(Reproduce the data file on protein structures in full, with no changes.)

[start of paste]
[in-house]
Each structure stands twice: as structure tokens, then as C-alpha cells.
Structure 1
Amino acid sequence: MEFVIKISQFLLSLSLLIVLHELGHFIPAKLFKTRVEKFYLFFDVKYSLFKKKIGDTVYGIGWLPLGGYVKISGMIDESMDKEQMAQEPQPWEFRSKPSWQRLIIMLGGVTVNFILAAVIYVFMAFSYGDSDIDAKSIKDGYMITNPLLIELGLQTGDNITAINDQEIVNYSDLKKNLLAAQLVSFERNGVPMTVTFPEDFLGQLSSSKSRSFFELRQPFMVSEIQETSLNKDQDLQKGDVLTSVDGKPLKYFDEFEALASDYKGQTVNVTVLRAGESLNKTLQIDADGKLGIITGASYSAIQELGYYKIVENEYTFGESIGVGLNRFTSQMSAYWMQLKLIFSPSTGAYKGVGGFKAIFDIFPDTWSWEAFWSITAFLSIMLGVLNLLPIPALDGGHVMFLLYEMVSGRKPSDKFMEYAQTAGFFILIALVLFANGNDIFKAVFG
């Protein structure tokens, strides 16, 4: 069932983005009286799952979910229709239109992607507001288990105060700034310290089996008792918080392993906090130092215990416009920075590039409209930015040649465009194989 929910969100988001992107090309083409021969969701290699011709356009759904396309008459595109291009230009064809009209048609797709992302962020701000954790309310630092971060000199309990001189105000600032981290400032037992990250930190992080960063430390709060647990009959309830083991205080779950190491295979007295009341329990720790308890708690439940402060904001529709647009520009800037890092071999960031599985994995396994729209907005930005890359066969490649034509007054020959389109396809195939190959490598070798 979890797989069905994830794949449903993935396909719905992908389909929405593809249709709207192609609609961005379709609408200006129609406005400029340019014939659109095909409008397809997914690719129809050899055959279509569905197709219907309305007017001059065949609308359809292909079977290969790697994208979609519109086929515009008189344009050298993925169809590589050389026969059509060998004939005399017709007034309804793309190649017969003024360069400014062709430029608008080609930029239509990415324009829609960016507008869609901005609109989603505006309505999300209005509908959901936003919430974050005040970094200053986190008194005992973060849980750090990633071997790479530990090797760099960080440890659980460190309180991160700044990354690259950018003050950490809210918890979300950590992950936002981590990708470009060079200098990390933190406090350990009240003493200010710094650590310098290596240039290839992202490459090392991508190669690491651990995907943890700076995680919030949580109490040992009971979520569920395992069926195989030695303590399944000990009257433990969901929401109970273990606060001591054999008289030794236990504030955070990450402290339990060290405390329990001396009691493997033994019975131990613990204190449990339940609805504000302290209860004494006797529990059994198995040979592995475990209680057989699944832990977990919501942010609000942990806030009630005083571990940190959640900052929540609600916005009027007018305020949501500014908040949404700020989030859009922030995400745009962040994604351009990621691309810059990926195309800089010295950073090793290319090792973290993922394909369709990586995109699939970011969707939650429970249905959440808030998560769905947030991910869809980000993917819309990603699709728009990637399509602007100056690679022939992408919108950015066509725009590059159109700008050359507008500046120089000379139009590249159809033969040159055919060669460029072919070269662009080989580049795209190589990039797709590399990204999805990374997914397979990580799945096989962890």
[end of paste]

[in-house]
Each structure stands twice: as structure tokens, then as C-alpha cells.
Structure 1
Amino acid sequence: MEFVIKISQFLLSLSLLIVLHELGHFIPAKLFKTRVEKFYLFFDVKYSLFKKKIGDTVYGIGWLPLGGYVKISGMIDESMDKEQMAQEPQPWEFRSKPSWQRLIIMLGGVTVNFILAAVIYVFMAFSYGDSDIDAKSIKDGYMITNPLLIELGLQTGDNITAINDQEIVNYSDLKKNLLAAQLVSFERNGVPMTVTFPEDFLGQLSSSKSRSFFELRQPFMVSEIQETSLNKDQDLQKGDVLTSVDGKPLKYFDEFEALASDYKGQTVNVTVLRAGESLNKTLQIDADGKLGIITGASYSAIQELGYYKIVENEYTFGESIGVGLNRFTSQMSAYWMQLKLIFSPSTGAYKGVGGFKAIFDIFPDTWSWEAFWSITAFLSIMLGVLNLLPIPALDGGHVMFLLYEMVSGRKPSDKFMEYAQTAGFFILIALVLFANGNDIFKAVFG
């Protein structure tokens, strides 16, 4: 069932983005009286799952979910229709239109992607507001288990105060700034310290089996008792918080392993906090130092215990416009920075590039409209930015040649465009194989 929910969100988001992107090309083409021969969701290699011709356009759904396309008459595109291009230009064809009209048609797709992302962020701000954790309310630092971060000199309990001189105000600032981290400032037992990250930190992080960063430390709060647990009959309830083991205080779950190491295979007295009341329990720790308890708690439940402060904001529709647009520009800037890092071999960031599985994995396994729209907005930005890359066969490649034509007054020959389109396809195939190959490598070798 979890797989069905994830794949449903993935396909719905992908389909929405593809249709709207192609609609961005379709609408200006129609406005400029340019014939659109095909409008397809997914690719129809050899055959279509569905197709219907309305007017001059065949609308359809292909079977290969790697994208979609519109086929515009008189344009050298993925169809590589050389026969059509060998004939005399017709007034309804793309190649017969003024360069400014062709430029608008080609930029239509990415324009829609960016507008869609901005609109989603505006309505999300209005509908959901936003919430974050005040970094200053986190008194005992973060849980750090990633071997790479530990090797760099960080440890659980460190309180991160700044990354690259950018003050950490809210918890979300950590992950936002981590990708470009060079200098990390933190406090350990009240003493200010710094650590310098290596240039290839992202490459090392991508190669690491651990995907943890700076995680919030949580109490040992009971979520569920395992069926195989030695303590399944000990009257433990969901929401109970273990606060001591054999008289030794236990504030955070990450402290339990060290405390329990001396009691493997033994019975131990613990204190449990339940609805504000302290209860004494006797529990059994198995040979592995475990209680057989699944832990977990919501942010609000942990806030009630005083571990940190959640900052929540609600916005009027007018305020949501500014908040949404700020989030859009922030995400745009962040994604351009990621691309810059990926195309800089010295950073090793290319090792973290993922394909369709990586995109699939970011969707939650429970249905959440808030998560769905947030991910869809980000993917819309990603699709728009990637399509602007100056690679022939992408919108950015066509725009590059159109700008050359507008500046120089000379139009590249159809033969040159055919060669460029072919070269662009080989580049795209190589990039797709590399990204999805990374997914397979990580799945096989962890």